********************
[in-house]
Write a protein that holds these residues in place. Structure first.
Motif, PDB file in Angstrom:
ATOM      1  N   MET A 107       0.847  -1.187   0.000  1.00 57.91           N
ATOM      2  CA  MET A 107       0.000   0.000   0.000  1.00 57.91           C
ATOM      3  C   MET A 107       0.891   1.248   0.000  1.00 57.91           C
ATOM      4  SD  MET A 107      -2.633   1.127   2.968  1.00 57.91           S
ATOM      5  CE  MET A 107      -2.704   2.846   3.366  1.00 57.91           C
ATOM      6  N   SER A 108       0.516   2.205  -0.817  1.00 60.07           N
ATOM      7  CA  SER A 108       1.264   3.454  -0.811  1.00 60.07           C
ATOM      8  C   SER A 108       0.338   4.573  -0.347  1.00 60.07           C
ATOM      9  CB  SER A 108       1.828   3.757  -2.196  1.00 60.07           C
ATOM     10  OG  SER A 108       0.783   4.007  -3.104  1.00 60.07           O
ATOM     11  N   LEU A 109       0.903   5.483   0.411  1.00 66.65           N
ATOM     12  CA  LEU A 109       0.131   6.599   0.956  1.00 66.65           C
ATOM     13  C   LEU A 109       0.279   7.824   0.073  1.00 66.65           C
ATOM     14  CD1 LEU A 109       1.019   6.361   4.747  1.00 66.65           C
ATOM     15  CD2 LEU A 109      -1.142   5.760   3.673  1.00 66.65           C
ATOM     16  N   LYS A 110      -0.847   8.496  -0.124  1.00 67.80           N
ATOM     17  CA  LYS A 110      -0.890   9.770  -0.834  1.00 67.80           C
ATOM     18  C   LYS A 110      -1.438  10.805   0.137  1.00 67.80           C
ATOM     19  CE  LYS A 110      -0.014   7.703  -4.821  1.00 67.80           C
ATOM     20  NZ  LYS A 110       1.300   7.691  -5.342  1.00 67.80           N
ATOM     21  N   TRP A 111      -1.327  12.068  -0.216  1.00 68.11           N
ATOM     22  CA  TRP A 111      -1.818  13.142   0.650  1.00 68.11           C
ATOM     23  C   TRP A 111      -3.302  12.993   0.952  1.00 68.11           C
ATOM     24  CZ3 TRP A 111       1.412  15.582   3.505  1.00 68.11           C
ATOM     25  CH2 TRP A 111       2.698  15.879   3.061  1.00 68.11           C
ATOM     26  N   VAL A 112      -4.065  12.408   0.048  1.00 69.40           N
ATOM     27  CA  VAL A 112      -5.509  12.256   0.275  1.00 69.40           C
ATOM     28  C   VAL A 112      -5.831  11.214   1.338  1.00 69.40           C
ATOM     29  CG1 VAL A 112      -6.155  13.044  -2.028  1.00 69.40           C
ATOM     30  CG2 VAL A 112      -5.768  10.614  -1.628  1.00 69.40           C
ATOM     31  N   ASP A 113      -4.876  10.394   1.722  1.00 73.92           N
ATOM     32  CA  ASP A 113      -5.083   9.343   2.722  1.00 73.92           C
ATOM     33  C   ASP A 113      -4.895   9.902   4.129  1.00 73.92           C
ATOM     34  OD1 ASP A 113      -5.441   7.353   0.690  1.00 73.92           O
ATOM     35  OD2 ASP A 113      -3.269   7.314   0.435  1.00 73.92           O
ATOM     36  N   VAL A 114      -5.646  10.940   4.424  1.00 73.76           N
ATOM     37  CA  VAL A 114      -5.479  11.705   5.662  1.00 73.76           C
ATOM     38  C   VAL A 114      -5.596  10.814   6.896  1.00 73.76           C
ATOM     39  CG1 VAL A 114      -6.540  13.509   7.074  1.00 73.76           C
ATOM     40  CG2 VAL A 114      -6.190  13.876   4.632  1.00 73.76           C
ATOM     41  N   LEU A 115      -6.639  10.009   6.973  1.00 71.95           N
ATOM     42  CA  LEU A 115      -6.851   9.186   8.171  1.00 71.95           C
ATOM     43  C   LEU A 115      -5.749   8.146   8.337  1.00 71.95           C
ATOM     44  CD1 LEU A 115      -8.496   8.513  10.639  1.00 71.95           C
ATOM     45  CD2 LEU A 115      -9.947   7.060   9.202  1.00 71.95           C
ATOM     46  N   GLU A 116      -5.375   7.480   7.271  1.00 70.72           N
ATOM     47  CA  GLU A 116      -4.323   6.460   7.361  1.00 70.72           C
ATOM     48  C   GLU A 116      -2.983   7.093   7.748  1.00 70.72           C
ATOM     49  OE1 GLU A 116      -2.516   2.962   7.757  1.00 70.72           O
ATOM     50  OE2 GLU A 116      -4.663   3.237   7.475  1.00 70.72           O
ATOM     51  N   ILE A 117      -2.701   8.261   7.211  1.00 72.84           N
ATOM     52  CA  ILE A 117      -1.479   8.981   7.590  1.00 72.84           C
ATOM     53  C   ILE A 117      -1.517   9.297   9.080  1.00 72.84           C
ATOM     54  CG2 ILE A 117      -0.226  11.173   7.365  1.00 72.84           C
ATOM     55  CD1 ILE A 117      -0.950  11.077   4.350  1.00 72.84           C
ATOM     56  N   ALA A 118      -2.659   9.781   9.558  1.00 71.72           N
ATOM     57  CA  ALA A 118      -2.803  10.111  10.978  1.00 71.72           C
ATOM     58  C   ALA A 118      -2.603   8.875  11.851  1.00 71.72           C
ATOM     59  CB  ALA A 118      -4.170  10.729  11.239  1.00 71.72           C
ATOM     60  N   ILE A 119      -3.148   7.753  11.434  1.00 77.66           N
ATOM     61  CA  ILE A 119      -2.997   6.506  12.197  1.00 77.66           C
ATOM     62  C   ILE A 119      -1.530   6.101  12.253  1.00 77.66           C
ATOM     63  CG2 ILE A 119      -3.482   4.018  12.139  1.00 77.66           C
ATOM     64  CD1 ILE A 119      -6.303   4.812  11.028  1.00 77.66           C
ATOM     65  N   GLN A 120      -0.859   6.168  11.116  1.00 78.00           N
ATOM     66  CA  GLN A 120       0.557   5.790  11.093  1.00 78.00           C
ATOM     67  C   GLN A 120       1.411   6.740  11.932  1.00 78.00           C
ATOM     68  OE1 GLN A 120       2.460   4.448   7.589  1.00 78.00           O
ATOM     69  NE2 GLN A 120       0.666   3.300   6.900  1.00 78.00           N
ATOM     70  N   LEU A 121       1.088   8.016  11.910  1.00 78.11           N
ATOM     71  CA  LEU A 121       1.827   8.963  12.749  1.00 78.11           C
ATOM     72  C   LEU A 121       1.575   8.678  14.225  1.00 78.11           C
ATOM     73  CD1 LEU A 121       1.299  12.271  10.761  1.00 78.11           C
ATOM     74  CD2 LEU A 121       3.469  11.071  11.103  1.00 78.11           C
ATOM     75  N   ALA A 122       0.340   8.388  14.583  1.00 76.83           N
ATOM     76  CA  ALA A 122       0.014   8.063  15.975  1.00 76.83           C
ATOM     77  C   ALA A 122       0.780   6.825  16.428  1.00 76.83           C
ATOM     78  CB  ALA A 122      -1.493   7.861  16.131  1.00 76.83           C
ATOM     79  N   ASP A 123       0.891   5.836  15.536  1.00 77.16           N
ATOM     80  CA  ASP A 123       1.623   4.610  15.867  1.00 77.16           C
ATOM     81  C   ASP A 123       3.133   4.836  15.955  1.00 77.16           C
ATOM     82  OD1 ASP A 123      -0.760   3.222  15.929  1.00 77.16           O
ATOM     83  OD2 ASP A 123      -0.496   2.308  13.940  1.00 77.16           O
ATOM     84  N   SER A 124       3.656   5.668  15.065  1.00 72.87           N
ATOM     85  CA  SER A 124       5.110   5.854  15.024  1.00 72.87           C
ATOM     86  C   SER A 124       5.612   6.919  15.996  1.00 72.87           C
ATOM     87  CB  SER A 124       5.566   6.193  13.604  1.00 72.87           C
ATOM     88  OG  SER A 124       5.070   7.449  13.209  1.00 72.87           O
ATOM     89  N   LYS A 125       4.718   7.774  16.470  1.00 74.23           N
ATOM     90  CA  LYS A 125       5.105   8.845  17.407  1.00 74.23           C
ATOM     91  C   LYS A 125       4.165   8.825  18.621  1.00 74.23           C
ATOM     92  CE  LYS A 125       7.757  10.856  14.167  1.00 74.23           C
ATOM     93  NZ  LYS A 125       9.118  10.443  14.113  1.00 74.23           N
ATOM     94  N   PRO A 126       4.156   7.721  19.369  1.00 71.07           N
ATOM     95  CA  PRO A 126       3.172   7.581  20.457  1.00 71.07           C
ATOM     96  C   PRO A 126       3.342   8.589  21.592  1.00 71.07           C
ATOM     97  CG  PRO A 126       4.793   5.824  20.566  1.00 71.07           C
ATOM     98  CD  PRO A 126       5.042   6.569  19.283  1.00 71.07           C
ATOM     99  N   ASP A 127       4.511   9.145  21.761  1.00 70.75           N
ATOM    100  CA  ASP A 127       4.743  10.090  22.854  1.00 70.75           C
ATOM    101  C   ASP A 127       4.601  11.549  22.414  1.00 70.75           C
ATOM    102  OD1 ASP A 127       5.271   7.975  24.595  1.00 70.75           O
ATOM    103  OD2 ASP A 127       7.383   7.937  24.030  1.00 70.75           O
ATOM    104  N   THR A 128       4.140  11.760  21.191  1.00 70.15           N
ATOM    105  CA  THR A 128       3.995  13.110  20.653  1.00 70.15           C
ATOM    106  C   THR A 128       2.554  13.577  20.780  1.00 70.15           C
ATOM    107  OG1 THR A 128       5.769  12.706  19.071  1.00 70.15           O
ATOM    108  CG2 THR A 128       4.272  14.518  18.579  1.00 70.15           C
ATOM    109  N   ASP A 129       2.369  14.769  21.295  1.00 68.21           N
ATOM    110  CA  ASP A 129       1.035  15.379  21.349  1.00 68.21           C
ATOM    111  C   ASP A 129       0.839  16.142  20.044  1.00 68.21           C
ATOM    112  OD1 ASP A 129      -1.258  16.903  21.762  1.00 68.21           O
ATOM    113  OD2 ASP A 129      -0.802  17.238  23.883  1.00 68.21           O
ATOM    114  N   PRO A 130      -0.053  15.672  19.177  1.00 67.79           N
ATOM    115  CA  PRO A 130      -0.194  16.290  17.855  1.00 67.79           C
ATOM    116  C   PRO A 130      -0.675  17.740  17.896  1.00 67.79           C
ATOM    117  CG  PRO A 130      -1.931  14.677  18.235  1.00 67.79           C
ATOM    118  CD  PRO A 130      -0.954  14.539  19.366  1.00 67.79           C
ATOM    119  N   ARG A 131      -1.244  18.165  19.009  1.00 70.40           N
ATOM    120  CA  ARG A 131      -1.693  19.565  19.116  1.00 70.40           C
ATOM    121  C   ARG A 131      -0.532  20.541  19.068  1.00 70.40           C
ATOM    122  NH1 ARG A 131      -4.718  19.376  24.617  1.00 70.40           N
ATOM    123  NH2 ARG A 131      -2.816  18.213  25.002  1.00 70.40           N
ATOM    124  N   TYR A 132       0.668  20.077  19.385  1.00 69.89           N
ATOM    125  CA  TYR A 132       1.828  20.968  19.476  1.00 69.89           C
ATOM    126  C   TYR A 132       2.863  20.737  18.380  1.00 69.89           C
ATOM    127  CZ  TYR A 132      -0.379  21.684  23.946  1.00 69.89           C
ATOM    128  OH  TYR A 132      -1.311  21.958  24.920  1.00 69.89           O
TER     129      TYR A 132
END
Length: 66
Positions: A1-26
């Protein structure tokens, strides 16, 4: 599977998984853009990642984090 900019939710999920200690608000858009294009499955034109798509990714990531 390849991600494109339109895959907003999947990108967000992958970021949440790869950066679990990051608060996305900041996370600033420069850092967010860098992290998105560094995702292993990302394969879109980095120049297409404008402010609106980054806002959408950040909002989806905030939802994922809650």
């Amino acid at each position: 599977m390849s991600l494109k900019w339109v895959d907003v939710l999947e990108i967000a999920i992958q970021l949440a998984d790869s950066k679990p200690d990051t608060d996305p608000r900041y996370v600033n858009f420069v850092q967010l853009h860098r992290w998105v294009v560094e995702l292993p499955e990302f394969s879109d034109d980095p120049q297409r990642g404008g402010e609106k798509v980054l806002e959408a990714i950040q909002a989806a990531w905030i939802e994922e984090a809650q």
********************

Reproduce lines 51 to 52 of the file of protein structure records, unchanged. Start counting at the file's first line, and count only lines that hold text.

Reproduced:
ATOM     48  C   GLU A 116      -2.983   7.093   7.748  1.00 70.72           C
ATOM     49  OE1 GLU A 116      -2.516   2.962   7.757  1.00 70.72           O